MY TOP TEN SELECTIONS FOR 2009

Annie’s Ghosts:  A Journey Into a Family Secret by Steve Luxenberg

Await Your Reply by Dan Chaon

Bad Things Happen by Harry Dolan

Brooklyn:  A Novel by Colm Toibin

Cutting for Stone by Abraham Verghese

Half Broke Horses:  A True-Life Novel by Jeannette Walls

Homer & Langley by E.L. Doctorow

Passing Strange: A Gilded Age Tale of Love and Deception Across the Color Line by Martha A. Sandweiss

The Big Burn:  Teddy Roosevelt and the Fire that Saved America by Timothy Egan

The Sweetness at the Bottom of the Pie by Alan Bradley

-Post by Megan Shaffer

Modern Manipulation Endangers Wild Things

Back in September I voiced my opinion on the modern-day spin of Where the Wild Things Are in a post titled Why, Mr. Eggers, Why? After viewing the movie version of Maurice Sendak’s classic last night,  I must now confirm my initial suspicions that some things are definitely better left untouched. My original post follows below…

Why, Mr. Eggers, Why?

After recently reading a fiction piece in The New Yorker titled Max At Sea, I am officially intrigued, if not perplexed, by Dave Eggers. I have followed his progression from A Heartbreaking Work of Staggering Genius, to his internet publication McSweeney’s, to his recent Away We Go venture on the big screen, and wonder if the man has time to sleep. If you follow Mr. Eggers, it is also likely that you are aware of his incredible and tireless humanitarian efforts and drive to increase literacy among children; to all of these pursuits I tip my hat. That being said, I did find myself searching for words to articulate my reaction to the peculiar Max At Sea piece which is based on Maurice Sendak’s classic Where the Wild Things Are.

In Egger’s version, Max is the product of an absentee father. He resides with his mother, her “chinless boyfriend” Gary, and his sister Claire upon whom he wishes death by “flesh-eating tapeworms”. Actually, Max wishes all of them serious bodily harm which seems a touch more extreme than the “mischief” referred to in Sendak’s version (think messy bedrooms and empty cookie boxes). Once modern Max puts on his wolf suit, shouts “Arrrooooooo!” from atop the kitchen counter and proceeds to bite his mother, he’s off like a shot. Though the story continues from there, this is enough to give you the basis for my angst.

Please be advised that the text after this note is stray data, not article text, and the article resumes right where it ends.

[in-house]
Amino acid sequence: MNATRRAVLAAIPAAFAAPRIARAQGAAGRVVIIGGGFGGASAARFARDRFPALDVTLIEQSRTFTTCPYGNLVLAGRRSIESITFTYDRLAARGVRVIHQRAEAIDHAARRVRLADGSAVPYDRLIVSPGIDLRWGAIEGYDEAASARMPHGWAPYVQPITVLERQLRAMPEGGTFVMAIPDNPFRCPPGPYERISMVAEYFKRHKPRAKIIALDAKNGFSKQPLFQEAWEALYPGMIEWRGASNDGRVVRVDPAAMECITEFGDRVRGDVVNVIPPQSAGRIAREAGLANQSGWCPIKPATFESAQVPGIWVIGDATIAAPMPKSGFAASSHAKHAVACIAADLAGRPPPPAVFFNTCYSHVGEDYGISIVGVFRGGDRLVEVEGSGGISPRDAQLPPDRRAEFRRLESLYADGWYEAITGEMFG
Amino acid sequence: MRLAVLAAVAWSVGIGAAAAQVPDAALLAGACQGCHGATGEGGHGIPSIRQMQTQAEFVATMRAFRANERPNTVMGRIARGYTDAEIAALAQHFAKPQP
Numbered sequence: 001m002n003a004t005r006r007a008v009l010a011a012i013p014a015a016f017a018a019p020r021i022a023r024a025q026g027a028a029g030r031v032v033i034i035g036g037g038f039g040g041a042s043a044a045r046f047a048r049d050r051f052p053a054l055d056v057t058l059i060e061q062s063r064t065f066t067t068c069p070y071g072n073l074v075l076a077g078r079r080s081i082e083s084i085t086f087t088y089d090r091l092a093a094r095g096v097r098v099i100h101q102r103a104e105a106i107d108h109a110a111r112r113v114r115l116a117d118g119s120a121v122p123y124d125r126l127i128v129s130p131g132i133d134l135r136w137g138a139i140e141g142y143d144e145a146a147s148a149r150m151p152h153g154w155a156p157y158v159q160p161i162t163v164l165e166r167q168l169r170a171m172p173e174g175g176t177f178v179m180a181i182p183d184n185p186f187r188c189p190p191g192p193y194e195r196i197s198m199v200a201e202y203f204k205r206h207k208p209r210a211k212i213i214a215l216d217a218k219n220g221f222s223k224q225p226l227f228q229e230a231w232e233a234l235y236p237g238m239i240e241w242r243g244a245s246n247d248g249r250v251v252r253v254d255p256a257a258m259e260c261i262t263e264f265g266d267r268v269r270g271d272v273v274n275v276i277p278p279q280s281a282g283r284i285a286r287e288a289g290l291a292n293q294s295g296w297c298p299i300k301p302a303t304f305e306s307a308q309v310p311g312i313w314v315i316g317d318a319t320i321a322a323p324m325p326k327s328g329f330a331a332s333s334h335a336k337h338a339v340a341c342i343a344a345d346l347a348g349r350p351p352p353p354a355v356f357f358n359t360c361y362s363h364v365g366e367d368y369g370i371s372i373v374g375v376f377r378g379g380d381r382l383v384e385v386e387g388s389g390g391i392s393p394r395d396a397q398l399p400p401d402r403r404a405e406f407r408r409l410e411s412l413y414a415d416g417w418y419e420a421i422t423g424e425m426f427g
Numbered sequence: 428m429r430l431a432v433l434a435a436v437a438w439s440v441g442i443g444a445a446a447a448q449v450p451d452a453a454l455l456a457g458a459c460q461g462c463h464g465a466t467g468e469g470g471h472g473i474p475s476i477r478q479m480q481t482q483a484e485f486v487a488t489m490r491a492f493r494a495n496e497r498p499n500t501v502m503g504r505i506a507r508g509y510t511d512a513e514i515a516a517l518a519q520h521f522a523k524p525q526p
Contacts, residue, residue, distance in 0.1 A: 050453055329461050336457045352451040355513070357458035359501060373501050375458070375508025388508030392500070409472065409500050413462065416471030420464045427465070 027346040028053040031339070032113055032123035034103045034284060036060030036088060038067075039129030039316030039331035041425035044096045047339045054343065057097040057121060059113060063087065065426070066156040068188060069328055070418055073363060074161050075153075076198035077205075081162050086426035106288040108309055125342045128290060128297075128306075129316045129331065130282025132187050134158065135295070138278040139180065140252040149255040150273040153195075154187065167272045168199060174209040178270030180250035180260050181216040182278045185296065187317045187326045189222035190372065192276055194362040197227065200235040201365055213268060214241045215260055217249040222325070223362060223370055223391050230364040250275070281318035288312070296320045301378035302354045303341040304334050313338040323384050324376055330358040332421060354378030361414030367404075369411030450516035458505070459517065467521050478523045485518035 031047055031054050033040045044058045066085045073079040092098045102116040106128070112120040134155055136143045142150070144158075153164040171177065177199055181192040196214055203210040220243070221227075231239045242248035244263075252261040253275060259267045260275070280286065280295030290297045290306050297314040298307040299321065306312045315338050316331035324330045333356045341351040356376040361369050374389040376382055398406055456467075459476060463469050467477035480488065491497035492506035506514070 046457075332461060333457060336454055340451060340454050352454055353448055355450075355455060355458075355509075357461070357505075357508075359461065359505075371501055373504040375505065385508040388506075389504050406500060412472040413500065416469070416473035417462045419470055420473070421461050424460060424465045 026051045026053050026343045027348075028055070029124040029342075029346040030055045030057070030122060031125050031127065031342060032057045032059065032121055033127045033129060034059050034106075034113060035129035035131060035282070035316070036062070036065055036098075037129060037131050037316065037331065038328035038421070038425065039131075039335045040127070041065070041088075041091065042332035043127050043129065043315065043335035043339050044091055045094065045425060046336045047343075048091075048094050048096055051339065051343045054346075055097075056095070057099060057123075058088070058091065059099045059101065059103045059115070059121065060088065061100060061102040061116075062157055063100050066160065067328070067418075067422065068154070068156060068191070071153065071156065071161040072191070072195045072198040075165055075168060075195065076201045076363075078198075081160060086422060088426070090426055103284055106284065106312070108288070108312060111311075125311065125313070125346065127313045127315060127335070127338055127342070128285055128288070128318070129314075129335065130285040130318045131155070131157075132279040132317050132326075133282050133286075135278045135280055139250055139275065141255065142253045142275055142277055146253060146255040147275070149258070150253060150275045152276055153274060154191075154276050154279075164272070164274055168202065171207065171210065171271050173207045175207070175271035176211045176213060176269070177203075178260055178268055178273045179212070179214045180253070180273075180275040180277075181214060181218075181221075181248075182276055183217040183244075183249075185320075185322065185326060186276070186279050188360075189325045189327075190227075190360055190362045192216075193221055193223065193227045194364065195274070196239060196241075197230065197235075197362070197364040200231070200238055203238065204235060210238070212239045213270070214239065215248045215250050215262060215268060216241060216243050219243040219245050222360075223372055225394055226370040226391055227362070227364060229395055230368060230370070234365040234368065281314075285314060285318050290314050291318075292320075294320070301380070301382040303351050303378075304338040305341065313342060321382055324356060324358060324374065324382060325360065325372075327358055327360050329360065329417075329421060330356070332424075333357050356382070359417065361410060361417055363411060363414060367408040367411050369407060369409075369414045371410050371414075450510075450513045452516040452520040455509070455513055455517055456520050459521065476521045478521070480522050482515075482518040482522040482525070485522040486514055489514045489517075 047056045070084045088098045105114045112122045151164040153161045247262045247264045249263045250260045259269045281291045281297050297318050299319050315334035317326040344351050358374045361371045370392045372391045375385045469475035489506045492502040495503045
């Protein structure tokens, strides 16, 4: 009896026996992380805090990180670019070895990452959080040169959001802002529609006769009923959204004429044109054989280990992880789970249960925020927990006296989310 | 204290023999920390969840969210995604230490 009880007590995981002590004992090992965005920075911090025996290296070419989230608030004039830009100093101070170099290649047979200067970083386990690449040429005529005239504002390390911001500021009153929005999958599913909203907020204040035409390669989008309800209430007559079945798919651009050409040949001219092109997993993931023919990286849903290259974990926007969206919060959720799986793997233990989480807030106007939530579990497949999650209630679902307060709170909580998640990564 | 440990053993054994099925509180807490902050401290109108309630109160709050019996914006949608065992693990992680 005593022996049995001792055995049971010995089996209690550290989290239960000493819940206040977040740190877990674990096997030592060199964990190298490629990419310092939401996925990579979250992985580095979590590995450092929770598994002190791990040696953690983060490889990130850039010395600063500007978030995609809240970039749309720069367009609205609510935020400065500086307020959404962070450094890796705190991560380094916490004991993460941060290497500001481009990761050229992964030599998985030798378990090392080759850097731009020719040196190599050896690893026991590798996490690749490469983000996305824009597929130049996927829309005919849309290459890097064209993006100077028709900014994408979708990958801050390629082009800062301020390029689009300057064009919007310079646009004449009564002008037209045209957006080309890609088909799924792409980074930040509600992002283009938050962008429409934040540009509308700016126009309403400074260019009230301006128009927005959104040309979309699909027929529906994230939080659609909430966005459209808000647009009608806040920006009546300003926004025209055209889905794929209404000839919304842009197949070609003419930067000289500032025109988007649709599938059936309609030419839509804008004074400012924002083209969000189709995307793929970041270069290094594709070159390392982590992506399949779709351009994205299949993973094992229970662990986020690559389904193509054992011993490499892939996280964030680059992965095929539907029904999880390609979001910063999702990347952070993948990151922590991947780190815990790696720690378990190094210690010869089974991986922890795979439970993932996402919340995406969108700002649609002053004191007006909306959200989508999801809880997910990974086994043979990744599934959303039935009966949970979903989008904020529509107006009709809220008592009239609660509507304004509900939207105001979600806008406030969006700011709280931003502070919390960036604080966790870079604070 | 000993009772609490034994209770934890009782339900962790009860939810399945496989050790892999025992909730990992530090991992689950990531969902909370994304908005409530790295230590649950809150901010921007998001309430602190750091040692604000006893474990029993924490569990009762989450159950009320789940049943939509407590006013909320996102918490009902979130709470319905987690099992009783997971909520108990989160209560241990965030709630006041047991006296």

Now, I’m all for growth and creative expansion, however, as some things are better left unsaid, so too are some things better left unwritten. When I think of Where the Wild Things Are, I think of that sweetly dark, mysterious, quirky book that still conjures up images of oafish monsters and deep dark seas. It holds within it an innocent theme of escapism that we can all still happily relate to.

However, my disappointment in Mr. Egger’s version is rooted in his attempt to demystify something that has stayed pure for the last forty-six years. The beauty of the story lies in letting the individual imagination take flight (without commercial interruption). Until now, Where the Wild Things Are was one of those precious few childhood treats that had remained untainted and unspoiled. Alas, now that Max has been strapped with a load of modern-day baggage, it is unlikely that I will ever be able to look at him through quite the same eyes. Dave Egger’s interpretation is interesting at best, but sadly, we will all go down with Max’s boat. The movie Where the Wild Things Are was released this past October. Do yourself and your kids a favor: READ THE BOOK FIRST.

Max At Sea appeared in the Aug. 24 edition of the New Yorker.

-Post by Megan Shaffer

2010 Michigan Notable Book Winners!

photo of all books for 2009 MNB
And here they are, the 2010 Michigan Notable Books! You can find more information and my reviews on several of the winners listed below right here on Night Light Revue…

American Salvage:  Stories – This work by Bonnie Jo Campbell was also a National Book Award nominee this year.

Annie’s Ghosts:  A Journey into a Family’s Secret – By Steve Luxenberg

The Art Student’s War:  A Novel – By Brad Leithauser

Bath Massacre:  America’s First School Bombing – By Arnie Bernstein

Fordlandia:  The Rise and Fall of Henry Ford’s Forgotten Jungle City – This work by Greg Grandin was also a National Book Award nominee this year.

Have a Little Faith:  A True Story of a Last Request – By Mitch Albom

Isadore’s Secret:  Sin, Murder, and Confession in a Northern Michigan Town – By Mardi Link

January’s Sparrow – By Patricia Polacco

The Lost Tiki Palaces of Detroit:  Stories – By Michael Zadoorian

Michigan’s Columbus:  The Life of Douglass Houghton – By Steve Lehto

Nothing But a Smile:  A Novel – By Steve Amick

Orlando M. Poe:  Civil War General and Great Lakes Engineer – By Paul Taylor

Our People, Our Journey:  The Little River Band of Ottawa Indians – By James M. McClurken

Pandora’s Locks:  The Opening of the Great Lakes-St. Lawrence Seaway – By Jeff Alexander

Roses and Revolutions:  The Selected Writings of Dudley Randall – Edited by Melba Joyce Boyd

Season of Water and Ice – By Donald Lystra

Stitches:  A Memoir – By David Small

Travelin’ Man:  On the Road and Behind the Scenes with Bob Seger – By Tom Weschler

Up the Rouge!:  Paddling Detroit’s Hidden River – By Joel Thurtell

When March Went Mad:  The Game That Transformed Basketball – By Seth Davis

*For book summaries and information on the 2010 Michigan Notable Books, click here.

*For general information about the Michigan Notable Books Program, click here.

*For other press releases, try today’s Detroit News or this release from the Michigan Department of Education.

-Post by Megan Shaffer